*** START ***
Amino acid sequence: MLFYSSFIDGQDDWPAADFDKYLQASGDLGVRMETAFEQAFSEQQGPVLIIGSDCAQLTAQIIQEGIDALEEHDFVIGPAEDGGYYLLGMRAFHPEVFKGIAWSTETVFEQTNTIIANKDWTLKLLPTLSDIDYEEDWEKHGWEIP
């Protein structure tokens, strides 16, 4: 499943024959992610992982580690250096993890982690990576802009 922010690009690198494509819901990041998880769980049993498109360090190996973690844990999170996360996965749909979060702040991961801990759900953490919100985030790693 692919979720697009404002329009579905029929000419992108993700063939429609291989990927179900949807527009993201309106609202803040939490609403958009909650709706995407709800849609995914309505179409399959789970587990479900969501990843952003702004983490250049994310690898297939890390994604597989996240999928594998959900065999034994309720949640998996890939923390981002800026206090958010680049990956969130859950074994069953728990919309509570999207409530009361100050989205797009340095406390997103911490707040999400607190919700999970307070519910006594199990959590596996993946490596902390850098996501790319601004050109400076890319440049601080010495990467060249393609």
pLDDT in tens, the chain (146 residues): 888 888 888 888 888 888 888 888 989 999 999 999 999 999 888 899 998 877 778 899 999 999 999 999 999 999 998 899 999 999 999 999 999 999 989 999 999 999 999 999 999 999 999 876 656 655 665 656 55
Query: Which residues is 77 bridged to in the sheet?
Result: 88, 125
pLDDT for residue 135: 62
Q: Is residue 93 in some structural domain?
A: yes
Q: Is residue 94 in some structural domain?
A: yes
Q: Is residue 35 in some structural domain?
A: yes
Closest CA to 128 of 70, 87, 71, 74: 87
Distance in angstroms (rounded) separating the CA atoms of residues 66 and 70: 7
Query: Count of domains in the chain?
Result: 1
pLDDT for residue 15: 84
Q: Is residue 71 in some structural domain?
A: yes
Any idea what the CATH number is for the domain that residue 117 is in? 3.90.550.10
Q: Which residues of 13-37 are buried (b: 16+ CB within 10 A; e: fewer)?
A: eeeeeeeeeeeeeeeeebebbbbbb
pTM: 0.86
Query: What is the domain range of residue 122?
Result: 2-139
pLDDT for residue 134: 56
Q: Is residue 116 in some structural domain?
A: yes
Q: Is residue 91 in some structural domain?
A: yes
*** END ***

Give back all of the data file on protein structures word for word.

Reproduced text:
Amino acid sequence: MLFYSSFIDGQDDWPAADFDKYLQASGDLGVRMETAFEQAFSEQQGPVLIIGSDCAQLTAQIIQEGIDALEEHDFVIGPAEDGGYYLLGMRAFHPEVFKGIAWSTETVFEQTNTIIANKDWTLKLLPTLSDIDYEEDWEKHGWEIP
């Protein structure tokens, strides 16, 4: 499943024959992610992982580690250096993890982690990576802009 922010690009690198494509819901990041998880769980049993498109360090190996973690844990999170996360996965749909979060702040991961801990759900953490919100985030790693 692919979720697009404002329009579905029929000419992108993700063939429609291989990927179900949807527009993201309106609202803040939490609403958009909650709706995407709800849609995914309505179409399959789970587990479900969501990843952003702004983490250049994310690898297939890390994604597989996240999928594998959900065999034994309720949640998996890939923390981002800026206090958010680049990956969130859950074994069953728990919309509570999207409530009361100050989205797009340095406390997103911490707040999400607190919700999970307070519910006594199990959590596996993946490596902390850098996501790319601004050109400076890319440049601080010495990467060249393609």
pLDDT in tens, the chain (146 residues): 888 888 888 888 888 888 888 888 989 999 999 999 999 999 888 899 998 877 778 899 999 999 999 999 999 999 998 899 999 999 999 999 999 999 989 999 999 999 999 999 999 999 999 876 656 655 665 656 55
Query: Which residues is 77 bridged to in the sheet?
Result: 88, 125
pLDDT for residue 135: 62
Q: Is residue 93 in some structural domain?
A: yes
Q: Is residue 94 in some structural domain?
A: yes
Q: Is residue 35 in some structural domain?
A: yes
Closest CA to 128 of 70, 87, 71, 74: 87
Distance in angstroms (rounded) separating the CA atoms of residues 66 and 70: 7
Query: Count of domains in the chain?
Result: 1
pLDDT for residue 15: 84
Q: Is residue 71 in some structural domain?
A: yes
Any idea what the CATH number is for the domain that residue 117 is in? 3.90.550.10
Q: Which residues of 13-37 are buried (b: 16+ CB within 10 A; e: fewer)?
A: eeeeeeeeeeeeeeeeebebbbbbb
pTM: 0.86
Query: What is the domain range of residue 122?
Result: 2-139
pLDDT for residue 134: 56
Q: Is residue 116 in some structural domain?
A: yes
Q: Is residue 91 in some structural domain?
A: yes